Another type of relaxing2 - Jans1 Kelsey Jans Professor B...

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Jans1 Kelsey Jans Professor B. Estermann English 104 December 1 st ,2006 Another Type of Relaxation Every time I drive, I release my inner thoughts and think about everything that is going on in my life. Driving fast somehow soothes me and takes me to another place. For most people, driving is considered a way of relaxing and expressing a form of their freedom. But how can driving be considered another aspect of freedom if we are not truly given the chance to be free? Our true freedom is hindered by speed limits. Do we really need to have such low speed limits? Driving faster can actually be an advantage. Driving faster is safer for long commutes meaning a decrease of congestion, and a decrease in the amount of speeding tickets that are issued each year. Raising the speed limit would also decrease the amount of deaths caused by collisions on U.S. freeways. Speed limits do not prevent accidents, they can cause them. Therefore, we must raise the speed limit. The majority of people in the U.S. believe that by raising the speed limits, people will wreak havoc on the roads. William J. Holstein, Mike Tharp, and Jordan Sieder, of The American Autobahn suggest that “As cars have gotten better over the years, and the highways safer and better paved, it feels more comfortable to drive faster.” (Par.6) Many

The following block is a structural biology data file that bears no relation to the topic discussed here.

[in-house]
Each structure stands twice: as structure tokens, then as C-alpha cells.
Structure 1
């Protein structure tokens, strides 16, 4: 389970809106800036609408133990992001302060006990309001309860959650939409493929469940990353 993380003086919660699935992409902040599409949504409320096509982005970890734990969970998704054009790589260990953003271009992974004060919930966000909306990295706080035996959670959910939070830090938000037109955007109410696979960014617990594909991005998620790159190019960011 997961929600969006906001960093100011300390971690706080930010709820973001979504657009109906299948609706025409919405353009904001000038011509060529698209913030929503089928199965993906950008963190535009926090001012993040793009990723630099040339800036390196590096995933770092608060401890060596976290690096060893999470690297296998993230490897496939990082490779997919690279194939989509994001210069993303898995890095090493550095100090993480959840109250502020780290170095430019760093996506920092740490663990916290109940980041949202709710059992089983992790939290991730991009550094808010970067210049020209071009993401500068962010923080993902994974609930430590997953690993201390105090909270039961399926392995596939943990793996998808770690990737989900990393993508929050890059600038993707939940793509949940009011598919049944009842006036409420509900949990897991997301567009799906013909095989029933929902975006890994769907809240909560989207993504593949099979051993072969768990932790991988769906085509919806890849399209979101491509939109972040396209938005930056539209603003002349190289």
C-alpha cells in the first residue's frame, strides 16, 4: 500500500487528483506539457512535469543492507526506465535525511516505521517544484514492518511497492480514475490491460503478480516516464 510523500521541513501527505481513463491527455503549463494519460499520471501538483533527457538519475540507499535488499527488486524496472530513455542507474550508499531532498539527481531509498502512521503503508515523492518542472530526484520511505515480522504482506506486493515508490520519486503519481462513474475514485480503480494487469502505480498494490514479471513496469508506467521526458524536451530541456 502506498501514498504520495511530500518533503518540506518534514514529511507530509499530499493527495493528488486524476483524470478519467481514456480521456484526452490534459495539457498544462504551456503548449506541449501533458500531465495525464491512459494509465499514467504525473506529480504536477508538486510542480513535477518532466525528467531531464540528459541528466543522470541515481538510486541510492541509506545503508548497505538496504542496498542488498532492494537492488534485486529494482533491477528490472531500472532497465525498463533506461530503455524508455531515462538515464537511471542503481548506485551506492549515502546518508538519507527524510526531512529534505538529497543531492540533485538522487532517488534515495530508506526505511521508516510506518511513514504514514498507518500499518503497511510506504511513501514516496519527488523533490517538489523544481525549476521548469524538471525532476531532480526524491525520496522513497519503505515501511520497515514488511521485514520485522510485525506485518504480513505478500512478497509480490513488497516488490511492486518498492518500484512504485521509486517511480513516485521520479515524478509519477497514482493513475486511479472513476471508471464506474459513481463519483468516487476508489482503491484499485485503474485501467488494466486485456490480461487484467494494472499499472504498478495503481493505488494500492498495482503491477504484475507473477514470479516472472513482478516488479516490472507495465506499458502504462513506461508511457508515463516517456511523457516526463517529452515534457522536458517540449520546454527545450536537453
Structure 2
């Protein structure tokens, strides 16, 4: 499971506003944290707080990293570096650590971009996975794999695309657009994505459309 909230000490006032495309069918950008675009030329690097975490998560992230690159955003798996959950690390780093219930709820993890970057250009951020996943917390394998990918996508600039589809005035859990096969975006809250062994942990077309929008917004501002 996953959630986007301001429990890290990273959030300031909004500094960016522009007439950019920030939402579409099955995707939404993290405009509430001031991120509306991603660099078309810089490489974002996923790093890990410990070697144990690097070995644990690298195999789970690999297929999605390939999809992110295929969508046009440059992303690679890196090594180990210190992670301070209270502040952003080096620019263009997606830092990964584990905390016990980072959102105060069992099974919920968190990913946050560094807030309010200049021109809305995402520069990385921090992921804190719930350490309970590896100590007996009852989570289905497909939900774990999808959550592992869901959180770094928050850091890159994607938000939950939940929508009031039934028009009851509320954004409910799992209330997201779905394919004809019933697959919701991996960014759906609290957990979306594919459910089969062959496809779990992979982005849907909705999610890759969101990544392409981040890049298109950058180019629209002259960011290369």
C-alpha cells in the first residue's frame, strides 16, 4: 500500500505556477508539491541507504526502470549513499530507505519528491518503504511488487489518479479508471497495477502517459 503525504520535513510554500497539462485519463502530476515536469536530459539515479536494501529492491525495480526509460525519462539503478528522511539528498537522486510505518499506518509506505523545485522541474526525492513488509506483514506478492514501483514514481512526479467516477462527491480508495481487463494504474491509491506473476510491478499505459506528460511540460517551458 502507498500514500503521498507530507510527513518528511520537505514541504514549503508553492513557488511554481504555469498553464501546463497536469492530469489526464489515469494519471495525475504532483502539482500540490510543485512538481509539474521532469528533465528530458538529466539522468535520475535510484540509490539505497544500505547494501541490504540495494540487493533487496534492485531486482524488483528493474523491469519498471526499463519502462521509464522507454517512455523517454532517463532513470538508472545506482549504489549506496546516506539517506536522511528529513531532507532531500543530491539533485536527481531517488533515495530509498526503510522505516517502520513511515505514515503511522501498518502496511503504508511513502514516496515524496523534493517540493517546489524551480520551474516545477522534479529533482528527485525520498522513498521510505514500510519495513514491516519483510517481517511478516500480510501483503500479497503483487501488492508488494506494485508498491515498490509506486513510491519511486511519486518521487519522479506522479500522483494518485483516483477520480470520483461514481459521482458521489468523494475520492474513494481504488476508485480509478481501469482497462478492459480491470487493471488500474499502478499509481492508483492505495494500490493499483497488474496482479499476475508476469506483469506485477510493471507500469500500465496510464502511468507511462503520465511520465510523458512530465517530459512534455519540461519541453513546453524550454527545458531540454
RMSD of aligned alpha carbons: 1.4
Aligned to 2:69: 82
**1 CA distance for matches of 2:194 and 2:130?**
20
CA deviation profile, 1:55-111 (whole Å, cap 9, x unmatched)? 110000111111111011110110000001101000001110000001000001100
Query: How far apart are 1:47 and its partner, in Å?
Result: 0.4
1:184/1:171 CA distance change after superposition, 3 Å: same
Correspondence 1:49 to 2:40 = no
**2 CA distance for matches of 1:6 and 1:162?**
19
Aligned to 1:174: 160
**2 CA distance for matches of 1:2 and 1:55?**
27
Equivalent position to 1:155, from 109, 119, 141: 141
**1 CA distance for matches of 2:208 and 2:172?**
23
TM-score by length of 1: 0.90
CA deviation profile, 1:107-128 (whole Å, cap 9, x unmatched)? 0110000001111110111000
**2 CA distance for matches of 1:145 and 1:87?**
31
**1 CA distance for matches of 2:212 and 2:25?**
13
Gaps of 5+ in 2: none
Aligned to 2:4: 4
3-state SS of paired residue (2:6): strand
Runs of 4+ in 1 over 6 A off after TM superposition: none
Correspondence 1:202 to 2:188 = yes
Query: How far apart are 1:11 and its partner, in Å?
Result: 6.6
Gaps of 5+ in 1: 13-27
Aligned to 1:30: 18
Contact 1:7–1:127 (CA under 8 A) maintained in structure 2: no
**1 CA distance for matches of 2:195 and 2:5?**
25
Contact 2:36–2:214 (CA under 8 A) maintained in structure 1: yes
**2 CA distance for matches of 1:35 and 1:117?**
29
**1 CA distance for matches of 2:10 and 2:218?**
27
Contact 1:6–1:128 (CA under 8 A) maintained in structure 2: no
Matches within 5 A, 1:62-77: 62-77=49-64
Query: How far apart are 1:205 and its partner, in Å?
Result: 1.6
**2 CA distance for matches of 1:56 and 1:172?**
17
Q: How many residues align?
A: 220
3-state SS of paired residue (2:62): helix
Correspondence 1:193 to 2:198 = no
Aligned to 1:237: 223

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Jans2 people do feel safer driving faster because of the new technology in cars today. Although, many people may envision an enraged crazy person speeding behind the wheel of a Ferrari. In Germany, this is not the case. James Clash, author of Joy of Autobahn states that“The average speed for cars is 80mph; at any given moment, 15% are traveling 96mph or faster.” (Par.1) The German Autobahn is the world’s fastest freeway and having a high speed limit is not responsible for nearly as many deaths as in the U.S. As said in Stephen Moore’s article “Back to 55?” in the National Review “Higher speed limits in states are said to be the cause of more than 1,000 additional highway fatalities a year.” (Par. 1) However, this is not true. James Clash of Joy of Autobahn states that “In 2001 the death rate was 6 per billion passenger-vehicle miles, versus 8 for U.S.
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